Bush’s North Korea pol­icy draws jabs from the right

The Washington Times Weekly - - National - By David R. Sands

Con­ser­va­tive crit­ics of the Bush ad­min­is­tra­tion’s North Korea pol­icy — in­clud­ing for­mer top se­cu­rity of­fi­cials from the pres­i­dent’s first term — say they are not as­suaged by the ad­min­is­tra­tion’s latest move to toughen the terms of a deal to end Py­ongyang’s nu­cle­ar­weapons pro­grams.

Th­ese op­po­nents say the ad­min­is­tra­tion re­peat­edly has of­fered con­ces­sions to keep the deal alive, even as North Korea has tested a nu­clear de­vice, ig­nored in­ter­na­tional sanc­tions, re­pressed dis­sent at home and now stands ac­cused of help­ing Syria de­velop a se­cret nu­clear pro­gram.

“Al­low­ing North Korea to win its Cold War with the world will go down in his­tory as one of the most re­mark­able and dis­turb­ing el­e­ments in the Bush ad­min­is­tra­tion legacy,” said David Asher, who co­or­di­nated the State De­part­ment’s North Korea Work­ing Group from 2001 to 2005 be­fore leav­ing the ad­min­is­tra­tion.

The Wash­ing­ton Times re­ported two weeks ago that U.S. ne­go­tia­tors had won a ten­ta­tive agree­ment from Py­ongyang to re­lease thou­sands of ad­di­tional records dat­ing back nearly 20 years on its Yong­byon nu­clear site, con­sid­ered a crit­i­cal fa­cil­ity in the North’s nu­clear drive.

Ad­min­is­tra­tion of­fi­cials said they sought ac­cess to the new files in part to counter crit­i­cisms that they were low­er­ing the bar in the talks with Py­ongyang.

The North missed a Dec. 31 dead­line to re­veal all of its nu­clear as­sets, part of a Fe­bru­ary 2007 deal un­der which the North promised to even­tu­ally end all its nu­clear pro­grams in ex­change for eco­nomic aid and diplo­matic con­ces­sions from the United States and its al­lies.

Con­ser­va­tive crit­ics also have slammed the ad­min­is­tra­tion for eas­ing the re­port­ing re­quire­ments for the North’s nu­clear dec­la­ra­tion, and for hint­ing the North could be dropped from the of­fi­cial U.S. list of ter­ror-spon­sor­ing states while a num­ber of pro­lif­er­a­tion and es­pi­onage is­sues re­main un­re­solved.

The skep­ti­cism is shared on Capi­tol Hill, where law­mak­ers of both par­ties com­plained of be­ing kept largely in the dark about intelligence re­gard­ing North Korea’s Syria con­nec­tion.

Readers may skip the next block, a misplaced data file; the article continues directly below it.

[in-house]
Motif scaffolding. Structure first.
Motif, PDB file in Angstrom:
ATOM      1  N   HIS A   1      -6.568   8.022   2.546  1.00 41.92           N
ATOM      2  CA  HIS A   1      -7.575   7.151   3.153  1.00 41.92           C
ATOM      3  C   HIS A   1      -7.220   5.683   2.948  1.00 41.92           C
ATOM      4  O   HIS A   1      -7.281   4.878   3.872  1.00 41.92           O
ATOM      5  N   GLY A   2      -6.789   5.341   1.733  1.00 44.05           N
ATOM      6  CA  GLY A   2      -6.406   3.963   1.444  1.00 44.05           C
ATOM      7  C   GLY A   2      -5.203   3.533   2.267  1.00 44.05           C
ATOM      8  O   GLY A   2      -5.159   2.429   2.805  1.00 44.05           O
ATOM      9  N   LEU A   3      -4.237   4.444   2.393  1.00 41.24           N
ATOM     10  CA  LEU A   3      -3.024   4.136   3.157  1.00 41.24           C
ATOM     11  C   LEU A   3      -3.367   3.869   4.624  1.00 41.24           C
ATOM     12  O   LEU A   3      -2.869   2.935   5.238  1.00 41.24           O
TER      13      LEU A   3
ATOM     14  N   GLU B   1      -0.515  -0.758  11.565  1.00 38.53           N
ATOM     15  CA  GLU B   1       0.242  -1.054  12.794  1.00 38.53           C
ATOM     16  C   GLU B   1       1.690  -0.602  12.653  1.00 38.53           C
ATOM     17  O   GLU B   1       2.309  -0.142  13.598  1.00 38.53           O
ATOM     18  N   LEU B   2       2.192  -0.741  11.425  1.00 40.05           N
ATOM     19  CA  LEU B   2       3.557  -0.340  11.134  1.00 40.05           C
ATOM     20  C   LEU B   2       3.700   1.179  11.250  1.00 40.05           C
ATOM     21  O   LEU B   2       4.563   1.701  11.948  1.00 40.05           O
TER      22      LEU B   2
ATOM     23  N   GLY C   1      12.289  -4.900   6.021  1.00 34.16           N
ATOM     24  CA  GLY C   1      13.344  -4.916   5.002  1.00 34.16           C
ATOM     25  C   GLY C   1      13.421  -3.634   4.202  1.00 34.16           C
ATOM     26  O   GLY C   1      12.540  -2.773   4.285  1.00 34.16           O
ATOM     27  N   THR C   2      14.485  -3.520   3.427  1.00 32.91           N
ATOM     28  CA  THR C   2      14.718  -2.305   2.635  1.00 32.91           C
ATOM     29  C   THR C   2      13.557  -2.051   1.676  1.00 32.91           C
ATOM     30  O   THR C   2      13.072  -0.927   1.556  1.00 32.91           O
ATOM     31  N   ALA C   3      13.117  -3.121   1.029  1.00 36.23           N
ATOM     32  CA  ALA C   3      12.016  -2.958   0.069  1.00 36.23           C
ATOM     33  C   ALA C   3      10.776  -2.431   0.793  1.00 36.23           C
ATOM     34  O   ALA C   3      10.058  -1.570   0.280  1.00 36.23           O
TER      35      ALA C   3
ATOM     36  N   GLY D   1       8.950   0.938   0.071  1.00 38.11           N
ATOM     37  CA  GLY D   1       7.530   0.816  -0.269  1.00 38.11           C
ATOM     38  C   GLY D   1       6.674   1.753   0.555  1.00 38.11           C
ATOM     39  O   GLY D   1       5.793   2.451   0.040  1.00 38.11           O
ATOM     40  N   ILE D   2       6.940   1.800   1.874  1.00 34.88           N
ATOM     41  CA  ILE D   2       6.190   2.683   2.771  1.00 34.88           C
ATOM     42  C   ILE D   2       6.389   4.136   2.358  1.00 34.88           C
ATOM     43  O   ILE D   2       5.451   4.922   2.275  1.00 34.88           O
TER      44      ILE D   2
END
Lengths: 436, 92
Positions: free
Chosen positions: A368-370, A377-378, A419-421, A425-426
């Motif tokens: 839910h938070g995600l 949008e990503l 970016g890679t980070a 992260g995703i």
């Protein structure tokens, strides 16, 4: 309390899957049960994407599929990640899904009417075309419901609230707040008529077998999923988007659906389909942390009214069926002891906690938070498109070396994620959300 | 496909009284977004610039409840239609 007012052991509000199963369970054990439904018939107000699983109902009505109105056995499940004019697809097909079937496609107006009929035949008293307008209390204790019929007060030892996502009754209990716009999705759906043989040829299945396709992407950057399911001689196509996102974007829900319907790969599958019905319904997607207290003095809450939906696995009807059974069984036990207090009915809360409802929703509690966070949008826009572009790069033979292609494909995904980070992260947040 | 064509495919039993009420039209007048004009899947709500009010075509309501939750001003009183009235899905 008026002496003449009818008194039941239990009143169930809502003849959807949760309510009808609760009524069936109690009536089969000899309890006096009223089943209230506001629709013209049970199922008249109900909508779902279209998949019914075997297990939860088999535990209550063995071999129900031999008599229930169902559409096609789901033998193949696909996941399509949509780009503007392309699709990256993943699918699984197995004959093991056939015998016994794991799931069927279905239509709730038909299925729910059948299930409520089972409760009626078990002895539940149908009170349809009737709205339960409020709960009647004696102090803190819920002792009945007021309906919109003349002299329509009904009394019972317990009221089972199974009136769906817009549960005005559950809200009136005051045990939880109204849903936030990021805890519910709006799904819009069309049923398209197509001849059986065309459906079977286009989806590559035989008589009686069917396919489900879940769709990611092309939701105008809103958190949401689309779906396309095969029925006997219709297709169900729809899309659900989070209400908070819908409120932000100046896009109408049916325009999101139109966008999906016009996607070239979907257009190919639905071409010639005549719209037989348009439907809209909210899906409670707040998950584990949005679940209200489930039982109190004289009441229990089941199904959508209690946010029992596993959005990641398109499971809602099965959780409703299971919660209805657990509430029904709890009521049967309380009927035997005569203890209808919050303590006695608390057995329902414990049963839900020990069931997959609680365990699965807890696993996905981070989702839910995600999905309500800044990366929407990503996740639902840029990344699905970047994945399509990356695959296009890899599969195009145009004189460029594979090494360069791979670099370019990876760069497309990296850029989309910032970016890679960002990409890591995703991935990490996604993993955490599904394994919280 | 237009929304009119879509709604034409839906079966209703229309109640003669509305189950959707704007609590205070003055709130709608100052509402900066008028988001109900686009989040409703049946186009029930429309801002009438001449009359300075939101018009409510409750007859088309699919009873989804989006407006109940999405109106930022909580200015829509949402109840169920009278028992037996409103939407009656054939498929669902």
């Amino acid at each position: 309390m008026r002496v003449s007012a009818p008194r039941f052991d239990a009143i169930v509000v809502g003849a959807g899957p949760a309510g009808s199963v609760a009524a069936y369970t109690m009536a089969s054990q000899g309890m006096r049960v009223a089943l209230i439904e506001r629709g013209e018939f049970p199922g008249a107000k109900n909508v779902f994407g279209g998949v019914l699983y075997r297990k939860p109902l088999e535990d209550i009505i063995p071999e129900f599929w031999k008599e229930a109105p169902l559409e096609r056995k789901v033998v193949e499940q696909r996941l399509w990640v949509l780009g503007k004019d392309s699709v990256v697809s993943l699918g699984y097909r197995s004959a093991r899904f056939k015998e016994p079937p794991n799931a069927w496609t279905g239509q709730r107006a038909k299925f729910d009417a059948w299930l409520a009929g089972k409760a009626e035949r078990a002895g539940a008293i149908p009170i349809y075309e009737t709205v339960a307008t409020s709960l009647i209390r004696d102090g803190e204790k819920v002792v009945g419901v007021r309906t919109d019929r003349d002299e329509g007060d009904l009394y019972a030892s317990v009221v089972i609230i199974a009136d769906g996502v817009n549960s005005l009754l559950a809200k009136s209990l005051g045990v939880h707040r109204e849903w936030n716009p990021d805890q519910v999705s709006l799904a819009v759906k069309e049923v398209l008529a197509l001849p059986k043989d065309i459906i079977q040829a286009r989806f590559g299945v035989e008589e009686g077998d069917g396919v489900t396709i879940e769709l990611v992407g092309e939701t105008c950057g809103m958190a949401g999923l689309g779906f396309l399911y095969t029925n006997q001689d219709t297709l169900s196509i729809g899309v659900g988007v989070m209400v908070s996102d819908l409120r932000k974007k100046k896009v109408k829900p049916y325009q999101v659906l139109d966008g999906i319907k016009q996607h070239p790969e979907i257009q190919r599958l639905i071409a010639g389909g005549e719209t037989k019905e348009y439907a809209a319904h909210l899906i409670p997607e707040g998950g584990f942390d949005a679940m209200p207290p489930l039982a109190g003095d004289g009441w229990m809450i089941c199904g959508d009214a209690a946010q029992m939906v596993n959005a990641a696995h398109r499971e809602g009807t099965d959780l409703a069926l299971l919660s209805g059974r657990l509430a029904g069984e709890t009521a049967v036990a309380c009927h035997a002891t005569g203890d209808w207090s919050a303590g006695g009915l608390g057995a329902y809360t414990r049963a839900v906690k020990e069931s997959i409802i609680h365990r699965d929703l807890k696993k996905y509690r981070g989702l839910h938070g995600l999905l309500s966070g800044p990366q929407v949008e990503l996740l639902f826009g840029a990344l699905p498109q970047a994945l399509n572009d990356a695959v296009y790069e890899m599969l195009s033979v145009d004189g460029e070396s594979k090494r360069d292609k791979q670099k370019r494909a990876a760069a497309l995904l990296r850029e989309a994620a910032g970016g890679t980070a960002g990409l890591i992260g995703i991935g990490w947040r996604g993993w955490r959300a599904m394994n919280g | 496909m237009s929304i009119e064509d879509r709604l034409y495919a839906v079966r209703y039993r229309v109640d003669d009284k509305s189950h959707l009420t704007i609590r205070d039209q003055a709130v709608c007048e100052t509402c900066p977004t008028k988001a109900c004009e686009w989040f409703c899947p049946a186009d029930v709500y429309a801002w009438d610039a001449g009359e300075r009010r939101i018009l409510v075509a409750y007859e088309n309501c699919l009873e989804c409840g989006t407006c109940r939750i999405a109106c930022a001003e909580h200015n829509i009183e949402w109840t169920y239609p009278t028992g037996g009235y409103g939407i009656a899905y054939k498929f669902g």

The House For­eign Af­fairs Com­mit­tee on April 30 ap­proved a bill that would force Pres­i­dent Bush to cer­tify that North Korea had com­pletely dis­man­tled its nu­clear-weapons as­sets be­fore the North could be re­moved from the ter­ror list.

A day later, White House spokesman Tony Fratto de­clined to sug­gest a new dead­line for North Korea’s nu­clear dec­la­ra­tion, not­ing a State De­part­ment team was in Py­ongyang just the pre­vi­ous week.

“We just coun­sel some pa­tience and wait to see what we get back from the North Kore­ans in terms of their dec­la­ra­tion,” Mr. Fratto said.

U.S. of­fi­cials ac­knowl­edge that dead­lines have been missed, but say the deal al­ready has suc­ceeded in shut­ting down the Yong­byon re­ac­tor. North Korea has agreed to de­mol­ish the cool­ing tower at the site when it is for­mally dropped from the ter­ror list.

John R. Bolton, the lead non­pro­lif­er­a­tion of­fi­cial in the State De­part­ment in Mr. Bush’s first term, has been the most out­spo­ken ex-of­fi­cial to at­tack the North Korea talks. But he is not the only one.

Carolyn Leddy, who served with Mr. Bolton in the State De­part­ment and then was the di­rec­tor of coun­ter­pro­lif­er­a­tion strat­egy at the Na­tional Se­cu­rity Coun­cil from July 2006 to Novem­ber 2007, de­nounced the ad­min­is­tra­tion’s “feck­less and dan­ger­ous” North Korea pol­icy two weeks ago at a fo­rum spon­sored by the Amer­i­can En­ter­prise In­sti­tute.

“I’m not talk­ing about some con­ser­va­tive con­spir­acy to de­rail the talks,” she said. “This ad­min­is­tra­tion has al­ways lacked the will to ap­ply and sus­tain pres­sure on the North Korean regime to ac­tu­ally make any kind of dif­fer­ence.”

Mr. Asher re­called that Bush ad­min­is­tra­tion of­fi­cials came to of­fice in 2001 crit­i­cal of the Clin­ton ad­min­is­tra­tion’s at­tempts to deal with the North and of the “Sun­shine Pol­icy” of en­gage­ment fa­vored by the gov­ern­ment in South Korea.

“We thought the sun­shine was more moon­shine,” he said.

But now, Mr. Asher said, North Korea has “crossed all the red lines we set in the talks, blown past all the in­ter­na­tional treaty com­mit­ments, and has paid no at­ten­tion to U.N. res­o­lu­tions,” while the Bush ad­min­is­tra­tion has re­fused to get tough.

“The ad­min­is­tra­tion ap­pears to have got­ten ine­bri­ated on the Clin­ton-era moon­shine, and lost sight of its orig­i­nal goals,” he said.

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